Ernest Hemingway vs. Wallace Stevens. John Updike vs. Salman Rushdie. Mary McCarthy vs. Lillian Hellman. A good literary feud can be as exciting as the authors’ books. You may think you already need to be a famous author to have a noteworthy spat. This is the twenty-first century, bub. Between cons, book tours, and social media, it’s never been easier to harass your idols in public.

Step 1: Choose Your Opponent

Feuds occasionally happen over innocent misunderstandings, but you’ll have a better success rate with willful misunderstandings.

If you already have author enemies, this will be easy. If you don’t have enemies, make some. With a personality like yours, trust me, you’re waaaaaay ahead of the game on this one, pal.

Many a feud has resulted from personal slights; Paul Theroux fantasized daily about V.S. Naipaul dying in a fire because Naipaul auctioned off a personalized copy of Theroux’s book. Think back to when an author offended you. Did a famous author once flag your blog comment for spam  just because it was blatant advertising for your self-published memoir? Sounds to me like Mr. Famous has let fame go to his head. The Internet has expedited personal slights the way the Panama Canal sped up international shipping. Somewhere, my special little snowflake, there’s a writer who irritates you in ways you never thought possible. When you find them, you’ll know your mutual loathing was meant to be.

Step 2: Get Ready to Rumble

You’ve got your target, but it’s not a feud until both parties attack. You need to provoke a response. Start with a snarky review of their book. It is not necessary to have read the book beforehand. In fact, the more incoherent the review, the more likely you’ll goad them into battle. The Faulkner estate was very quick to respond when I said “A Rose for Emily” would’ve been better if the zombies had won.

Feuds occasionally happen over innocent misunderstandings, but you’ll have a better success rate with willful misunderstandings. Go ahead and read sinister intent into your opponent’s behavior; you can safely assume their protagonist’s love of peanut butter crackers alludes to severe flaws in the author’s character. It’s hard to properly antagonize a person of letters over a difference of opinion. It’s much easier when you realize they’re really a crypto-fascist baby-eater. Continue Reading »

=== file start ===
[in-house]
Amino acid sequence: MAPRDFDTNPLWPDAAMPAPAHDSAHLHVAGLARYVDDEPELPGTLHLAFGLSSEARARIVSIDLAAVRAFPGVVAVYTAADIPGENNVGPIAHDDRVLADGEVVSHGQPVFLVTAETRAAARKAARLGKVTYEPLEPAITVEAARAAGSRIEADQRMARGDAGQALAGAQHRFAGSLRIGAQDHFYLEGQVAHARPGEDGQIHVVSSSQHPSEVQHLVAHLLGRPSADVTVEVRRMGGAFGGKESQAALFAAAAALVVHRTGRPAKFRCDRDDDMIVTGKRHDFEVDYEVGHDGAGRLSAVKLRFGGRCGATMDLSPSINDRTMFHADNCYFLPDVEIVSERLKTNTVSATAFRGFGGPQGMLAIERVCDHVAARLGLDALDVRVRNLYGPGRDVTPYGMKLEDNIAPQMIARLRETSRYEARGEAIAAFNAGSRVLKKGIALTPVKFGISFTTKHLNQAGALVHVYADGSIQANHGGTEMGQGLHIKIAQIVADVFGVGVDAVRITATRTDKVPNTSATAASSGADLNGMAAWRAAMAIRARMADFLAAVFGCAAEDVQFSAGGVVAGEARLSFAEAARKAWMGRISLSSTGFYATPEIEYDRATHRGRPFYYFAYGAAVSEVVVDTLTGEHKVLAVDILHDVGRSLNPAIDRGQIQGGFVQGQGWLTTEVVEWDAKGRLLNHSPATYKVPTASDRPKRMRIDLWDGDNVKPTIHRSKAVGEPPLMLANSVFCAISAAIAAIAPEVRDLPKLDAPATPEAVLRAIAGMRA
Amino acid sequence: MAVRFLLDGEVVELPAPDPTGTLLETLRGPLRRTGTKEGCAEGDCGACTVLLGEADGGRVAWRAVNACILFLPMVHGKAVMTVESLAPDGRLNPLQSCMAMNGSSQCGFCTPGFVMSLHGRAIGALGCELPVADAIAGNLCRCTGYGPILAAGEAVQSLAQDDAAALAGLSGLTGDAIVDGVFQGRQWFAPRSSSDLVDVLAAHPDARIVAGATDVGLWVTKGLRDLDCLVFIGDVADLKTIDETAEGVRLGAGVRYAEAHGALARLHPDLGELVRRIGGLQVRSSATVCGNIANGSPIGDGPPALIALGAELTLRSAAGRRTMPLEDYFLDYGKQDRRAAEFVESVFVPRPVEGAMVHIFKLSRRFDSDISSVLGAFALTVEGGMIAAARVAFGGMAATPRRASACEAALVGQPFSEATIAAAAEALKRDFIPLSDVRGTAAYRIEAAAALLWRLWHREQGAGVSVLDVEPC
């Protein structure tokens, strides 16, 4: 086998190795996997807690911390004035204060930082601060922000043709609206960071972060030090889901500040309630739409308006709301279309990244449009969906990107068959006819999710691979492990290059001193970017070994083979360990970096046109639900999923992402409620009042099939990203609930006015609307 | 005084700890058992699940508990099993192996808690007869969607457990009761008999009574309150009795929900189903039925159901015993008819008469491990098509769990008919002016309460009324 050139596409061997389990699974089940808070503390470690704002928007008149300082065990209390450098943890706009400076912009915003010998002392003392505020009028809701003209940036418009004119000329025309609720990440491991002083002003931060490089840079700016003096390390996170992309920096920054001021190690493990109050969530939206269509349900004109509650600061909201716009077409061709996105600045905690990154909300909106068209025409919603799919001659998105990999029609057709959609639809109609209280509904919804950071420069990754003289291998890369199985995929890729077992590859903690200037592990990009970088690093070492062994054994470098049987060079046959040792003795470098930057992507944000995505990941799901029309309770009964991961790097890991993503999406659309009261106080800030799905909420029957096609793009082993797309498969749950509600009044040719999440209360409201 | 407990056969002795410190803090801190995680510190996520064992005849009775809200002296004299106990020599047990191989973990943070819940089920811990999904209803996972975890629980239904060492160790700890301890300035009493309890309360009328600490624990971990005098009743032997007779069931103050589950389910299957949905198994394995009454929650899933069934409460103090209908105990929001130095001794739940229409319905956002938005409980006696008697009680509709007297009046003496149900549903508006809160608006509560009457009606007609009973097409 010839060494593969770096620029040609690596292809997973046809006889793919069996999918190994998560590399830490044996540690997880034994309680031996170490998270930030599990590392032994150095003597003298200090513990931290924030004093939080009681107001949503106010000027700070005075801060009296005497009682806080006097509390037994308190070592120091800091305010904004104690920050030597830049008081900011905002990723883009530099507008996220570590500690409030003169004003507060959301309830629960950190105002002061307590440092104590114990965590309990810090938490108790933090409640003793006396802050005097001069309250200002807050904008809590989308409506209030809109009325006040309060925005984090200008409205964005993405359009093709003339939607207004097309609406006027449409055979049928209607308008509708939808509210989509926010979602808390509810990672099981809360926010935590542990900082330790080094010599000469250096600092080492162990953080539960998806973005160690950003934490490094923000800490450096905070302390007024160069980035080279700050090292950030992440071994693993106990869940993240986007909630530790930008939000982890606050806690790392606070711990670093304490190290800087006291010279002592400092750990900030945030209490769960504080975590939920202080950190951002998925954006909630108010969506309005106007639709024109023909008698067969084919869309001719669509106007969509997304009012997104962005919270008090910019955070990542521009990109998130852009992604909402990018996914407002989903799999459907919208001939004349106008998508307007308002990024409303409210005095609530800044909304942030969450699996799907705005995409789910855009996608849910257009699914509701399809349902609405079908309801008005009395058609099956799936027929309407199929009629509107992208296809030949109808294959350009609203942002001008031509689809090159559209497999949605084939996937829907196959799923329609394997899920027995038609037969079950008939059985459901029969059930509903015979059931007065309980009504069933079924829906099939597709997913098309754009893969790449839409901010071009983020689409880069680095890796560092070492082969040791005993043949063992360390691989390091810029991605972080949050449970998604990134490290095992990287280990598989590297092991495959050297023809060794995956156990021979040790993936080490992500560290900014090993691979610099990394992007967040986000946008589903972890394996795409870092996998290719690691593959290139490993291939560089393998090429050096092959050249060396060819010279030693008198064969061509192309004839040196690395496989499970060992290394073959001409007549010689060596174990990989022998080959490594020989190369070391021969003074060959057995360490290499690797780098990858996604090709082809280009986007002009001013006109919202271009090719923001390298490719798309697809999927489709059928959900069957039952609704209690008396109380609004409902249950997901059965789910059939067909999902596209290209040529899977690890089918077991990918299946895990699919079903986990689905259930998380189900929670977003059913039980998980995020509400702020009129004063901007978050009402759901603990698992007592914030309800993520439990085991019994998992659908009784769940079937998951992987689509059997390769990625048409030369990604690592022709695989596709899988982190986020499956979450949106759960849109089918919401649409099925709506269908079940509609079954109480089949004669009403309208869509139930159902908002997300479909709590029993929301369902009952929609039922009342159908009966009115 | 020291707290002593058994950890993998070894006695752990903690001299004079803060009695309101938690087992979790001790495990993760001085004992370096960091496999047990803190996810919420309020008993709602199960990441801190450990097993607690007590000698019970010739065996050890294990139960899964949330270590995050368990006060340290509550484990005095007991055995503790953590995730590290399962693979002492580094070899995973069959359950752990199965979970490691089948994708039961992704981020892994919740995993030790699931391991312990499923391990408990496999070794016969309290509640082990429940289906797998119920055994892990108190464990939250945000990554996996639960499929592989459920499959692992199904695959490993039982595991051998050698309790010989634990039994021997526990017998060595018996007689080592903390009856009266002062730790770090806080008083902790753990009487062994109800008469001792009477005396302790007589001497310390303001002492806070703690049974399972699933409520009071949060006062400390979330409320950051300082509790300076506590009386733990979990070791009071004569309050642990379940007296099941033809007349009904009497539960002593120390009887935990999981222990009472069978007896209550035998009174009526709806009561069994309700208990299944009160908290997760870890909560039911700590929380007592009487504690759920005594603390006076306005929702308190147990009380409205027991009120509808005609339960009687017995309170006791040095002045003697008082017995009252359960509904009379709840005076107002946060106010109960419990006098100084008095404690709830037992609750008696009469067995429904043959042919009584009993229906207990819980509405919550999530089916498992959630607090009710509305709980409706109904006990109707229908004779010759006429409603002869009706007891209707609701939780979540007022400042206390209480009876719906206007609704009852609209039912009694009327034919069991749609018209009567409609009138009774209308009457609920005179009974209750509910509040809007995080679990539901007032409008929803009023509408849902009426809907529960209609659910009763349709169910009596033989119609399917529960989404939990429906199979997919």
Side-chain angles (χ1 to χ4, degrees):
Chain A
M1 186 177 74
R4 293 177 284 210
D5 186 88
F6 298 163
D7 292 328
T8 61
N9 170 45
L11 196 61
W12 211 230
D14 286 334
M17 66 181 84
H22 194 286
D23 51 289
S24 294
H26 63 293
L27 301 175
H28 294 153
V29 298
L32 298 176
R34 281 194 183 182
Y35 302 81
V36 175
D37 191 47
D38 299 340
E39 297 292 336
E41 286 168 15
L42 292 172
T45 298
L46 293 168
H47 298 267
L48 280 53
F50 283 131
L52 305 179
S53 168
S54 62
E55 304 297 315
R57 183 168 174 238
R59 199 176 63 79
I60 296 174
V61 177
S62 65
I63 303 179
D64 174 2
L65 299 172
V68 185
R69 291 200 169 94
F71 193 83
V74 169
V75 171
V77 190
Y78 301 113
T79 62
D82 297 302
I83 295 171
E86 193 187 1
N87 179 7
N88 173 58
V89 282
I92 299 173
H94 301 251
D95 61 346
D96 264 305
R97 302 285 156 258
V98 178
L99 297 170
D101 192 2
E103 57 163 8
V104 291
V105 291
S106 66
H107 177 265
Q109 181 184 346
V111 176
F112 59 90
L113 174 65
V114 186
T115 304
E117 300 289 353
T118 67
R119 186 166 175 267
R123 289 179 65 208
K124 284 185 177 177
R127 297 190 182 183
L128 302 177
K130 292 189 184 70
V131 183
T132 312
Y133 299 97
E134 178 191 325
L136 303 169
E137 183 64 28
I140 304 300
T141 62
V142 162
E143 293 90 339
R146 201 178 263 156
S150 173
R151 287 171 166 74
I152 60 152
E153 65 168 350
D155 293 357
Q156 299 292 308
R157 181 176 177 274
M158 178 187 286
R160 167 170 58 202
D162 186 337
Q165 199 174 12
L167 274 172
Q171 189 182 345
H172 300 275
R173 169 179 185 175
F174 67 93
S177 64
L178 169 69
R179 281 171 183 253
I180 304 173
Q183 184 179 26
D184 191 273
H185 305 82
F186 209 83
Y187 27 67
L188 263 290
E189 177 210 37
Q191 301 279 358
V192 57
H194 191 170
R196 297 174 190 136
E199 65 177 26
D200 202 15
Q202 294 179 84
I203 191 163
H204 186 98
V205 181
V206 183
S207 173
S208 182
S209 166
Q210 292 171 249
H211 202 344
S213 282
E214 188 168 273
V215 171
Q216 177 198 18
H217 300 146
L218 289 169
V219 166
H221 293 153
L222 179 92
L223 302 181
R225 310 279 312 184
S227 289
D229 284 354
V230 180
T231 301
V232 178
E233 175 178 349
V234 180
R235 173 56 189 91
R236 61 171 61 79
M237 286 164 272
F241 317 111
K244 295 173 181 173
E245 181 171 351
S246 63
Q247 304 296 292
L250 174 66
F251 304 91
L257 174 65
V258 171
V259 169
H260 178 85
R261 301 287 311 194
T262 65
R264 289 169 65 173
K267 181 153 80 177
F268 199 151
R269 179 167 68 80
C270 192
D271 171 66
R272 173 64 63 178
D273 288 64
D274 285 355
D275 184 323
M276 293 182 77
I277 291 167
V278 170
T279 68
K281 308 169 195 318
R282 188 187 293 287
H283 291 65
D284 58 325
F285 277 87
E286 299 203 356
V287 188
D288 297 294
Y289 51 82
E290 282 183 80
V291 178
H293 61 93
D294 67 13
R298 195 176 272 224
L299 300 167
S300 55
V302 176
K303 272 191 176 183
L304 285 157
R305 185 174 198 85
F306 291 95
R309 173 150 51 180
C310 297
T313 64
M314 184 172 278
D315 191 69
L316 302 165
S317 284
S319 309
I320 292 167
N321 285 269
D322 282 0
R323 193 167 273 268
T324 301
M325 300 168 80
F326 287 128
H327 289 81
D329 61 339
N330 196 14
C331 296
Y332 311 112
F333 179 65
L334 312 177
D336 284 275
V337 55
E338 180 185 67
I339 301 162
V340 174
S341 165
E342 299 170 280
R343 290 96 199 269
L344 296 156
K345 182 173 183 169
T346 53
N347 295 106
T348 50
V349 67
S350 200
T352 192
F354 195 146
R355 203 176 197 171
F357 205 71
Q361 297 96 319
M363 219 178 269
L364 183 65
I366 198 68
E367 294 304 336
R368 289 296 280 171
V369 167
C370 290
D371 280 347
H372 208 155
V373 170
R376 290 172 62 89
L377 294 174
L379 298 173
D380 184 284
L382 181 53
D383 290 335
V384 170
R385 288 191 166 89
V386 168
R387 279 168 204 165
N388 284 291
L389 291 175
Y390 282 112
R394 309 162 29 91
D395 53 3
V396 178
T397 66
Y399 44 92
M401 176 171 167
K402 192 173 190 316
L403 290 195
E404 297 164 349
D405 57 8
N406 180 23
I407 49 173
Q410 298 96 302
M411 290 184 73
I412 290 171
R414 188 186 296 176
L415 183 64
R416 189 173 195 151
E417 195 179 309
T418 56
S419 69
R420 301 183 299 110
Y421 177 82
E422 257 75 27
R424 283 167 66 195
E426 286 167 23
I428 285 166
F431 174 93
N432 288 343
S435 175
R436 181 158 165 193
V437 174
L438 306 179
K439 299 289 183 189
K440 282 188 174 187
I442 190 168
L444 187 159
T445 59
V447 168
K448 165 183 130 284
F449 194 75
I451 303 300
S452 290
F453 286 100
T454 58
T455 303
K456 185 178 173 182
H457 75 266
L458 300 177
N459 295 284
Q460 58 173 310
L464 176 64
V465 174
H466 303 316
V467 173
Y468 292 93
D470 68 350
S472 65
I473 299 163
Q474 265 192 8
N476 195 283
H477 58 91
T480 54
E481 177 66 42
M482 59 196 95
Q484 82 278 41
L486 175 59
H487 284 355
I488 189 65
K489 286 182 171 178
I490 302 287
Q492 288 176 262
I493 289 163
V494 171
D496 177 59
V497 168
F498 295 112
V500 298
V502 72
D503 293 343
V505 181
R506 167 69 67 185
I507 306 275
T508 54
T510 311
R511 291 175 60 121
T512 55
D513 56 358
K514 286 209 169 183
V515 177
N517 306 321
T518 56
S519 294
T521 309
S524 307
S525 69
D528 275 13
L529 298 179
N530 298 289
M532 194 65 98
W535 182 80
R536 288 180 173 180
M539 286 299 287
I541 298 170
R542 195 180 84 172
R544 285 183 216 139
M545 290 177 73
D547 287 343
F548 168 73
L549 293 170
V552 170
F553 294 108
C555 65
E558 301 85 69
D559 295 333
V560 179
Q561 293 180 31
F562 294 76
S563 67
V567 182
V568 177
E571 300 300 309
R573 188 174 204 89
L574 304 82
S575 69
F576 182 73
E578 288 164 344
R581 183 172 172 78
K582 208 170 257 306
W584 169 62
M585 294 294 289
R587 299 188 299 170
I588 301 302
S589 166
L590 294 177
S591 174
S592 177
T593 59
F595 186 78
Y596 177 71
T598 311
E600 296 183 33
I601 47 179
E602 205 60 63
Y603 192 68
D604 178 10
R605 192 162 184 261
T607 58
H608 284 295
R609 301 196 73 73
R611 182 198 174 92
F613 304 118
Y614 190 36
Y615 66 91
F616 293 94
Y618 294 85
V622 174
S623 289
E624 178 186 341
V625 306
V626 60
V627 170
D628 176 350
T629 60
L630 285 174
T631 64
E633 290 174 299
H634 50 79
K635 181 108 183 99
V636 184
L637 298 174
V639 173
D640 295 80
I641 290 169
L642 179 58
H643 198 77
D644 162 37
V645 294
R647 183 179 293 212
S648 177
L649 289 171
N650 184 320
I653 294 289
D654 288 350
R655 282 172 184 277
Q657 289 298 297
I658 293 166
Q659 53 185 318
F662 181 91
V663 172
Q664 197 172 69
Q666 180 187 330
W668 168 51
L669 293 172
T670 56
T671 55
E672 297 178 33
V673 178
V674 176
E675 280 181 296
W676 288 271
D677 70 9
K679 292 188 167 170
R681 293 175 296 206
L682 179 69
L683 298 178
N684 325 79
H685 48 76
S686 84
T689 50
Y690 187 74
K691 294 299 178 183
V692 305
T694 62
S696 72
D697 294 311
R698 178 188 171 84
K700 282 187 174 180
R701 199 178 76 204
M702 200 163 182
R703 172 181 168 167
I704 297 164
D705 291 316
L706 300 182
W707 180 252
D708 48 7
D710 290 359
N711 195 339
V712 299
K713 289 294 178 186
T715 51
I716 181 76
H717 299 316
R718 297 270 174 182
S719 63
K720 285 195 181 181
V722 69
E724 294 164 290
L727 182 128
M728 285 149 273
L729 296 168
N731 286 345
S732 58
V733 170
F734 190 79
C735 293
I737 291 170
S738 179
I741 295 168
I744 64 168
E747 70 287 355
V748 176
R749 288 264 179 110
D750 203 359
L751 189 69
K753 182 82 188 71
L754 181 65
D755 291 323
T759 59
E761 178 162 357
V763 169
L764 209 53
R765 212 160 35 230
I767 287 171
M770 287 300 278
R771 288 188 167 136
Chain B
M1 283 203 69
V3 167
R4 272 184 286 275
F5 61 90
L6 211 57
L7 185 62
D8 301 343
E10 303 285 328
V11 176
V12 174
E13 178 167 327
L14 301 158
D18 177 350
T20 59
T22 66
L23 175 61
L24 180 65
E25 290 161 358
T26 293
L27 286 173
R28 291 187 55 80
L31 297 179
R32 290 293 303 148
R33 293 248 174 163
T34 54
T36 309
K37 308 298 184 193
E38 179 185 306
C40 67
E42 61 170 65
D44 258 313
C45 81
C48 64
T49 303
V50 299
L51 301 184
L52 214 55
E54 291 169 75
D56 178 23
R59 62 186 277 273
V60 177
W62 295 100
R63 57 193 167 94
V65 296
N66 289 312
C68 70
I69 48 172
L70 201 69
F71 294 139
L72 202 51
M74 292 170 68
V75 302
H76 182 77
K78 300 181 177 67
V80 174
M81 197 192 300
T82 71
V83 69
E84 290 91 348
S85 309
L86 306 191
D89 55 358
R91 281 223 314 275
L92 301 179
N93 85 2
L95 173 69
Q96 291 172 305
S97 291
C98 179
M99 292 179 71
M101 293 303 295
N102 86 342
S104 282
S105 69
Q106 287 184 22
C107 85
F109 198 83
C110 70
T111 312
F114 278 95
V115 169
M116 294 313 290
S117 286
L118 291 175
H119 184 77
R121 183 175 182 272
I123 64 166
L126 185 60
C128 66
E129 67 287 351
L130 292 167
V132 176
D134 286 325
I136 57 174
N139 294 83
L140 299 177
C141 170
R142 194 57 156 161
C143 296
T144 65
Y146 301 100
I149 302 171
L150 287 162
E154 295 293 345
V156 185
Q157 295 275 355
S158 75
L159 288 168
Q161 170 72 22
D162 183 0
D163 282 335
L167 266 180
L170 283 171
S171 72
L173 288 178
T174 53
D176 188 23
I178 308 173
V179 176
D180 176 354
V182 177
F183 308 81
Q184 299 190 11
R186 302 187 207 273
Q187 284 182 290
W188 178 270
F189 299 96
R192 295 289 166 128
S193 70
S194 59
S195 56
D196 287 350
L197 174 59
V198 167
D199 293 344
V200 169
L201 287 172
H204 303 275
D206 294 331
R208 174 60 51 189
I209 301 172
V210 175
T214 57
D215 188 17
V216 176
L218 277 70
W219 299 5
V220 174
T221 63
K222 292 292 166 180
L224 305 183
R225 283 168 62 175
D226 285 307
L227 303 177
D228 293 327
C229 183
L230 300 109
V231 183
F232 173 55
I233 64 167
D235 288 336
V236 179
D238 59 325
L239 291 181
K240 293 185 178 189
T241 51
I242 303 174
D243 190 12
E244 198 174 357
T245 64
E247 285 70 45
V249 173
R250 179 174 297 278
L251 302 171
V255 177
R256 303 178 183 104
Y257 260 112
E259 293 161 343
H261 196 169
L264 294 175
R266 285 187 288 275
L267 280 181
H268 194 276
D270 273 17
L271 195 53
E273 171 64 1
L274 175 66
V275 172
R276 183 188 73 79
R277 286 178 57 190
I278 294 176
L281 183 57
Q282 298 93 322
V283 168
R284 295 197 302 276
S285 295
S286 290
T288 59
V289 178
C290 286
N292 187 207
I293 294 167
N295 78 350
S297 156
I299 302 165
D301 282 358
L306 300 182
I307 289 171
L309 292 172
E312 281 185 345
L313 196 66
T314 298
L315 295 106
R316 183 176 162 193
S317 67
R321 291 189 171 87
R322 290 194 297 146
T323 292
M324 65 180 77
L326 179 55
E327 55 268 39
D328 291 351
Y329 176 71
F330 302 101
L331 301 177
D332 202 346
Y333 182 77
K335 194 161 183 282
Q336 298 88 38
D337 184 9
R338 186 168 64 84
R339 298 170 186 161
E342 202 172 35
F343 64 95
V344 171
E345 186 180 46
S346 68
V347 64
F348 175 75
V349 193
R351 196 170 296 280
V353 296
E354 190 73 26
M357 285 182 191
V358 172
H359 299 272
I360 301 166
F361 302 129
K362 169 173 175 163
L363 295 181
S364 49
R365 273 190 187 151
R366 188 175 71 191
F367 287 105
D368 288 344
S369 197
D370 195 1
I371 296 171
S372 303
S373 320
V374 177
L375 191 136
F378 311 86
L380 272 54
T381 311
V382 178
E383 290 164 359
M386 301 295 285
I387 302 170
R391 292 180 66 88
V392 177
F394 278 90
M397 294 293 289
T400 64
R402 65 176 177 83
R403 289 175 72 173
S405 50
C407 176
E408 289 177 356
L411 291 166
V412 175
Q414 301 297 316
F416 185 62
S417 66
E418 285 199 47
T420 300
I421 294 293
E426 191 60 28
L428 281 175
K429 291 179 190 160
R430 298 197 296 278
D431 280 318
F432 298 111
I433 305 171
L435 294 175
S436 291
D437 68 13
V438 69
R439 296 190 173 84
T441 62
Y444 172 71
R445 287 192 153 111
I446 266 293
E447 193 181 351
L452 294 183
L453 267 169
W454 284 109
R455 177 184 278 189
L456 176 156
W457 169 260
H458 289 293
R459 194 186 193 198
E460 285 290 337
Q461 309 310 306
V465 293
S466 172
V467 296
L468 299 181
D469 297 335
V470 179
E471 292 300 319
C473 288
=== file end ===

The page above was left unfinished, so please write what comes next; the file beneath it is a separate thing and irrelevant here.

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‘Take Charge of Your Own Book': Writing a Personal God

Image from the book trailer for Amish Tripathi's The Shiva Trilogy

Image from the book trailer for Amish Tripathi’s The Shiva Trilogy

‘One of those guys who refused to enter temples’

Bear with me, I want to quote an author to you at a little length:

My books are historicals. They’re set in the India of 4,000 years ago…My books are based on a premise that Lord Shiva was a real historical man, who lived 4,000 years ago, and his grand adventures gave rise to the myth of the god. So I’ve written on a Hindu god. But I was an atheist, eight or nine years ago. Today, I’m a very devoted Shiva worshipper. But eight or nine years ago, I was a committed atheist. I was one of those guys who refused to enter temples. It’s been a really long and strange journey.

Provocations graphic by Liam Walsh

Provocations graphic by Liam Walsh

On Wednesday, the London Book Fair’s opening conference — called Publishing for Digital Minds (#PDMC15) — held an advance event. Conference Director Orna O’Brien and her staff in London, supported by Midas PR’s Chris McCrudden, staged an eight-hour series of events, a “Virtual  Stream” that included events via Google Hangout, Twitter, LinkedIn, and more. Here’s the full list of events. The day started at 5 a.m. Eastern and was finished by 1 p.m.

I was asked to handle the 90-minute India segment on Twitter. We started with a 45-minute interview with Hachette India’s Managing Director Thomas Abraham and with Penguin Random House India’s Children’s Publisher Hemali Sodhi. These were terrific interviewees, beautifully prepared, firing off tantalizing details of one of the most vast and complex books markets on Earth.

  • Sodhi, for example, knew precisely how to tell me the reach of the young readers’ market in India: “More than half our population,” she said, “is under 25 years old.”